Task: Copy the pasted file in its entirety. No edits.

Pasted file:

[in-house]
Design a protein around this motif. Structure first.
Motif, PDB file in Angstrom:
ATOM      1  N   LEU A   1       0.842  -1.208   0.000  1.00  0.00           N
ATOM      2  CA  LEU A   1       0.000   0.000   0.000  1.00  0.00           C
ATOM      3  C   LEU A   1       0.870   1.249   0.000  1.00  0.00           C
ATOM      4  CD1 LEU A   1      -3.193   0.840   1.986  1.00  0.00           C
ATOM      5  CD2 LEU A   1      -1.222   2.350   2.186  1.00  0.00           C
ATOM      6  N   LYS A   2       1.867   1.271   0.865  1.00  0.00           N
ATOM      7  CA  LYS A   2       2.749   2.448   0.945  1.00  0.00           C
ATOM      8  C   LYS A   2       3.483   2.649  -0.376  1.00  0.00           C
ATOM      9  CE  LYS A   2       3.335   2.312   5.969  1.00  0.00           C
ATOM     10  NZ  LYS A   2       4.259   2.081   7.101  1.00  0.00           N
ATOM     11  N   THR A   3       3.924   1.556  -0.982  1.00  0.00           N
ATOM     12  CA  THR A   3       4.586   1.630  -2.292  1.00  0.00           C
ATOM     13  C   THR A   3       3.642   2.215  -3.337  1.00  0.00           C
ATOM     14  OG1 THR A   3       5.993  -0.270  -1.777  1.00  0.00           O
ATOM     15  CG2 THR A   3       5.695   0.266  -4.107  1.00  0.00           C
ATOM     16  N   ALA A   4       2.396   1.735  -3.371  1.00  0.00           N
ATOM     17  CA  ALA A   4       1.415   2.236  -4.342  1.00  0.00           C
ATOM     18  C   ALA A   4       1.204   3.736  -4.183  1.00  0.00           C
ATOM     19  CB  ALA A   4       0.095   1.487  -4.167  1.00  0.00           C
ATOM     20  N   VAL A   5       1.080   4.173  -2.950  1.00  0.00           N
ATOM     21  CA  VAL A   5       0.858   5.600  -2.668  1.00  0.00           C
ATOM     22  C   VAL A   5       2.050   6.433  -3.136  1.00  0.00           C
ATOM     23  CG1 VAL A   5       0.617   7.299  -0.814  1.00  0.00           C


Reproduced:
[in-house]
Design a protein around this motif. Structure first.
Motif, PDB file in Angstrom:
ATOM      1  N   LEU A   1       0.842  -1.208   0.000  1.00  0.00           N
ATOM      2  CA  LEU A   1       0.000   0.000   0.000  1.00  0.00           C
ATOM      3  C   LEU A   1       0.870   1.249   0.000  1.00  0.00           C
ATOM      4  CD1 LEU A   1      -3.193   0.840   1.986  1.00  0.00           C
ATOM      5  CD2 LEU A   1      -1.222   2.350   2.186  1.00  0.00           C
ATOM      6  N   LYS A   2       1.867   1.271   0.865  1.00  0.00           N
ATOM      7  CA  LYS A   2       2.749   2.448   0.945  1.00  0.00           C
ATOM      8  C   LYS A   2       3.483   2.649  -0.376  1.00  0.00           C
ATOM      9  CE  LYS A   2       3.335   2.312   5.969  1.00  0.00           C
ATOM     10  NZ  LYS A   2       4.259   2.081   7.101  1.00  0.00           N
ATOM     11  N   THR A   3       3.924   1.556  -0.982  1.00  0.00           N
ATOM     12  CA  THR A   3       4.586   1.630  -2.292  1.00  0.00           C
ATOM     13  C   THR A   3       3.642   2.215  -3.337  1.00  0.00           C
ATOM     14  OG1 THR A   3       5.993  -0.270  -1.777  1.00  0.00           O
ATOM     15  CG2 THR A   3       5.695   0.266  -4.107  1.00  0.00           C
ATOM     16  N   ALA A   4       2.396   1.735  -3.371  1.00  0.00           N
ATOM     17  CA  ALA A   4       1.415   2.236  -4.342  1.00  0.00           C
ATOM     18  C   ALA A   4       1.204   3.736  -4.183  1.00  0.00           C
ATOM     19  CB  ALA A   4       0.095   1.487  -4.167  1.00  0.00           C
ATOM     20  N   VAL A   5       1.080   4.173  -2.950  1.00  0.00           N
ATOM     21  CA  VAL A   5       0.858   5.600  -2.668  1.00  0.00           C
ATOM     22  C   VAL A   5       2.050   6.433  -3.136  1.00  0.00           C
ATOM     23  CG1 VAL A   5       0.617   7.299  -0.814  1.00  0.00           C